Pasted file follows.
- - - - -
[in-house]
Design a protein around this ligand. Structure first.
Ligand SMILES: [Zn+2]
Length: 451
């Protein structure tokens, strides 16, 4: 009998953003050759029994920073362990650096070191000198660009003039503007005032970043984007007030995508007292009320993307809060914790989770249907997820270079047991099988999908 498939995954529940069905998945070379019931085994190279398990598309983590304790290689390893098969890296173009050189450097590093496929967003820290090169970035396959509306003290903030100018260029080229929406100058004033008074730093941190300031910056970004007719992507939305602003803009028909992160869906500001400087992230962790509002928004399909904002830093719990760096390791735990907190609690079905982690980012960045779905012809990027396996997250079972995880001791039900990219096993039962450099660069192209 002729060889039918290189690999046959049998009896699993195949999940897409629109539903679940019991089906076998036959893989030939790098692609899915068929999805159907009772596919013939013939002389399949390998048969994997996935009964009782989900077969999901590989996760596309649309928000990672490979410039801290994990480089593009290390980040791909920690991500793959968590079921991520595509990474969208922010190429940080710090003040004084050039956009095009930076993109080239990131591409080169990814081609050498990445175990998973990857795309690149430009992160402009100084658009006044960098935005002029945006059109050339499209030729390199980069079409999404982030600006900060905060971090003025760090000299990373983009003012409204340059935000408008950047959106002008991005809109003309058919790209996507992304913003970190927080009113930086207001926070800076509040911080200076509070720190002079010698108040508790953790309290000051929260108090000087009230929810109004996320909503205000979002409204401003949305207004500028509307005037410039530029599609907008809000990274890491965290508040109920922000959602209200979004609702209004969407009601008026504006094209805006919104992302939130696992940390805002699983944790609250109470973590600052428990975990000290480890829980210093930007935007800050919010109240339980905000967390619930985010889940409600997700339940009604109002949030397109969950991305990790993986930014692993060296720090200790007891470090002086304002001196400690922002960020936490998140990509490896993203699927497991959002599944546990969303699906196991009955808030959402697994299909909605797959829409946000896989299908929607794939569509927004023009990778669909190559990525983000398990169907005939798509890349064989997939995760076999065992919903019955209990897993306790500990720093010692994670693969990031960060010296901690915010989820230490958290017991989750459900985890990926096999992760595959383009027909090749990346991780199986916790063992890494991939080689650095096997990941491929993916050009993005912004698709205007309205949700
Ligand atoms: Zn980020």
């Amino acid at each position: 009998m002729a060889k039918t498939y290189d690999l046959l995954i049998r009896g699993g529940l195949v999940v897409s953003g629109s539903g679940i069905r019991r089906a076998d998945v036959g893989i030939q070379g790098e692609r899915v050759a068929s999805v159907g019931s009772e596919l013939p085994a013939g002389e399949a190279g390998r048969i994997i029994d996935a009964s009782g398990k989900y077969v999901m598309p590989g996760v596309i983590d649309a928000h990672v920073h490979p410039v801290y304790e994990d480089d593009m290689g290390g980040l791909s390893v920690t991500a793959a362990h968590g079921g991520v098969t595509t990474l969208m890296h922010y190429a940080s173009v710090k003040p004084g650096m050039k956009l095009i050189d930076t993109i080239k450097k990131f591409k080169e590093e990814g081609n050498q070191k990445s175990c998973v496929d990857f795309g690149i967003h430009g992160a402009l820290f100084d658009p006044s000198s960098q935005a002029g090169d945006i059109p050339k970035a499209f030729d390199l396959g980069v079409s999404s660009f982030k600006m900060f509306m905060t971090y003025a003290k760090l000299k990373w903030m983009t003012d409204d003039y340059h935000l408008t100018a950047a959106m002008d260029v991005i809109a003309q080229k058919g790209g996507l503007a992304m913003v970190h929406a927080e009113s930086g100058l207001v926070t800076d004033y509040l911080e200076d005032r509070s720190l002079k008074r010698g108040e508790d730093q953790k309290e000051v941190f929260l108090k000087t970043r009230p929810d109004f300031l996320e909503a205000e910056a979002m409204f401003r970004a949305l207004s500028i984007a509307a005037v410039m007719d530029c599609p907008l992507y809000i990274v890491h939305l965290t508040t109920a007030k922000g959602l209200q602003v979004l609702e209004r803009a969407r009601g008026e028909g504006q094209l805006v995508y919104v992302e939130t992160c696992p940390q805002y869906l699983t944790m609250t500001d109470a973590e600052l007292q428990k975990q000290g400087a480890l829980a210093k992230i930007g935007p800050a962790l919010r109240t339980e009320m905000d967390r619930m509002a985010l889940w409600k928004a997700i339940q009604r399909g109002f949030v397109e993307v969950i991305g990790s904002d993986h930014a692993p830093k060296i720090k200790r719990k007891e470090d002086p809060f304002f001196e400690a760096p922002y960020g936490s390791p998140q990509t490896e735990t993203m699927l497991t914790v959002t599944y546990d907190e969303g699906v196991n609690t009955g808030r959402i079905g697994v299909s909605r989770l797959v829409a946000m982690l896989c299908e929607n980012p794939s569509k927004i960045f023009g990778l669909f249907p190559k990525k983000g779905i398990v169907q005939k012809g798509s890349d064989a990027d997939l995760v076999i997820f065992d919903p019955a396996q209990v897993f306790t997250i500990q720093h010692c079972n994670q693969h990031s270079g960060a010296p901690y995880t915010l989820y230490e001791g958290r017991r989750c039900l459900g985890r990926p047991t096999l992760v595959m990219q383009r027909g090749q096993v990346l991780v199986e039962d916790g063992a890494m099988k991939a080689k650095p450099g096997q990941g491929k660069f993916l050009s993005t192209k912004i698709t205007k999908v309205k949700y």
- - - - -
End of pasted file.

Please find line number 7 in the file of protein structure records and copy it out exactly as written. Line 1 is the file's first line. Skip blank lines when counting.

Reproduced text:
């Amino acid at each position: 009998m002729a060889k039918t498939y290189d690999l046959l995954i049998r009896g699993g529940l195949v999940v897409s953003g629109s539903g679940i069905r019991r089906a076998d998945v036959g893989i030939q070379g790098e692609r899915v050759a068929s999805v159907g019931s009772e596919l013939p085994a013939g002389e399949a190279g390998r048969i994997i029994d996935a009964s009782g398990k989900y077969v999901m598309p590989g996760v596309i983590d649309a928000h990672v920073h490979p410039v801290y304790e994990d480089d593009m290689g290390g980040l791909s390893v920690t991500a793959a362990h968590g079921g991520v098969t595509t990474l969208m890296h922010y190429a940080s173009v710090k003040p004084g650096m050039k956009l095009i050189d930076t993109i080239k450097k990131f591409k080169e590093e990814g081609n050498q070191k990445s175990c998973v496929d990857f795309g690149i967003h430009g992160a402009l820290f100084d658009p006044s000198s960098q935005a002029g090169d945006i059109p050339k970035a499209f030729d390199l396959g980069v079409s999404s660009f982030k600006m900060f509306m905060t971090y003025a003290k760090l000299k990373w903030m983009t003012d409204d003039y340059h935000l408008t100018a950047a959106m002008d260029v991005i809109a003309q080229k058919g790209g996507l503007a992304m913003v970190h929406a927080e009113s930086g100058l207001v926070t800076d004033y509040l911080e200076d005032r509070s720190l002079k008074r010698g108040e508790d730093q953790k309290e000051v941190f929260l108090k000087t970043r009230p929810d109004f300031l996320e909503a205000e910056a979002m409204f401003r970004a949305l207004s500028i984007a509307a005037v410039m007719d530029c599609p907008l992507y809000i990274v890491h939305l965290t508040t109920a007030k922000g959602l209200q602003v979004l609702e209004r803009a969407r009601g008026e028909g504006q094209l805006v995508y919104v992302e939130t992160c696992p940390q805002y869906l699983t944790m609250t500001d109470a973590e600052l007292q428990k975990q000290g400087a480890l829980a210093k992230i930007g935007p800050a962790l919010r109240t339980e009320m905000d967390r619930m509002a985010l889940w409600k928004a997700i339940q009604r399909g109002f949030v397109e993307v969950i991305g990790s904002d993986h930014a692993p830093k060296i720090k200790r719990k007891e470090d002086p809060f304002f001196e400690a760096p922002y960020g936490s390791p998140q990509t490896e735990t993203m699927l497991t914790v959002t599944y546990d907190e969303g699906v196991n609690t009955g808030r959402i079905g697994v299909s909605r989770l797959v829409a946000m982690l896989c299908e929607n980012p794939s569509k927004i960045f023009g990778l669909f249907p190559k990525k983000g779905i398990v169907q005939k012809g798509s890349d064989a990027d997939l995760v076999i997820f065992d919903p019955a396996q209990v897993f306790t997250i500990q720093h010692c079972n994670q693969h990031s270079g960060a010296p901690y995880t915010l989820y230490e001791g958290r017991r989750c039900l459900g985890r990926p047991t096999l992760v595959m990219q383009r027909g090749q096993v990346l991780v199986e039962d916790g063992a890494m099988k991939a080689k650095p450099g096997q990941g491929k660069f993916l050009s993005t192209k912004i698709t205007k999908v309205k949700y």